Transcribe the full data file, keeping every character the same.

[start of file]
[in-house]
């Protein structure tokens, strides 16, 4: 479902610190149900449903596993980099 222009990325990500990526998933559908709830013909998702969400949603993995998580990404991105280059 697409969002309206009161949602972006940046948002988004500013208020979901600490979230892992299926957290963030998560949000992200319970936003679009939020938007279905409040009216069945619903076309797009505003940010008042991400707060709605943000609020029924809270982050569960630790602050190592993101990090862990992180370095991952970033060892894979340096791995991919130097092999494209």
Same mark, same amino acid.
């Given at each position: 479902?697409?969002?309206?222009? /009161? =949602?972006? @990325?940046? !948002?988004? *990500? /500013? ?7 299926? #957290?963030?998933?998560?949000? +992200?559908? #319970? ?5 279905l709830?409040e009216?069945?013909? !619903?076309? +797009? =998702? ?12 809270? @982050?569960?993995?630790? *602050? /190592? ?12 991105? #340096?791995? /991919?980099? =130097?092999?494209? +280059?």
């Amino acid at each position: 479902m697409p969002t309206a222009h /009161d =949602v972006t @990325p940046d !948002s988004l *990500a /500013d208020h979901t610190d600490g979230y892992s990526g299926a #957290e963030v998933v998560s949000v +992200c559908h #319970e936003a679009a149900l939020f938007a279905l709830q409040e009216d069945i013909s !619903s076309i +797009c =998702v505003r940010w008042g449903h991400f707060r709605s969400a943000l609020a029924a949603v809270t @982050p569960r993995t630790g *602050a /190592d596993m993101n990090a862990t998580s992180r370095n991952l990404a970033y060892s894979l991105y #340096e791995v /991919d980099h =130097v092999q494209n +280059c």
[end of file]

[in-house]
């Protein structure tokens, strides 16, 4: 479902610190149900449903596993980099 222009990325990500990526998933559908709830013909998702969400949603993995998580990404991105280059 697409969002309206009161949602972006940046948002988004500013208020979901600490979230892992299926957290963030998560949000992200319970936003679009939020938007279905409040009216069945619903076309797009505003940010008042991400707060709605943000609020029924809270982050569960630790602050190592993101990090862990992180370095991952970033060892894979340096791995991919130097092999494209």
Same mark, same amino acid.
């Given at each position: 479902?697409?969002?309206?222009? /009161? =949602?972006? @990325?940046? !948002?988004? *990500? /500013? ?7 299926? #957290?963030?998933?998560?949000? +992200?559908? #319970? ?5 279905l709830?409040e009216?069945?013909? !619903?076309? +797009? =998702? ?12 809270? @982050?569960?993995?630790? *602050? /190592? ?12 991105? #340096?791995? /991919?980099? =130097?092999?494209? +280059?």
């Amino acid at each position: 479902m697409p969002t309206a222009h /009161d =949602v972006t @990325p940046d !948002s988004l *990500a /500013d208020h979901t610190d600490g979230y892992s990526g299926a #957290e963030v998933v998560s949000v +992200c559908h #319970e936003a679009a149900l939020f938007a279905l709830q409040e009216d069945i013909s !619903s076309i +797009c =998702v505003r940010w008042g449903h991400f707060r709605s969400a943000l609020a029924a949603v809270t @982050p569960r993995t630790g *602050a /190592d596993m993101n990090a862990t998580s992180r370095n991952l990404a970033y060892s894979l991105y #340096e791995v /991919d980099h =130097v092999q494209n +280059c």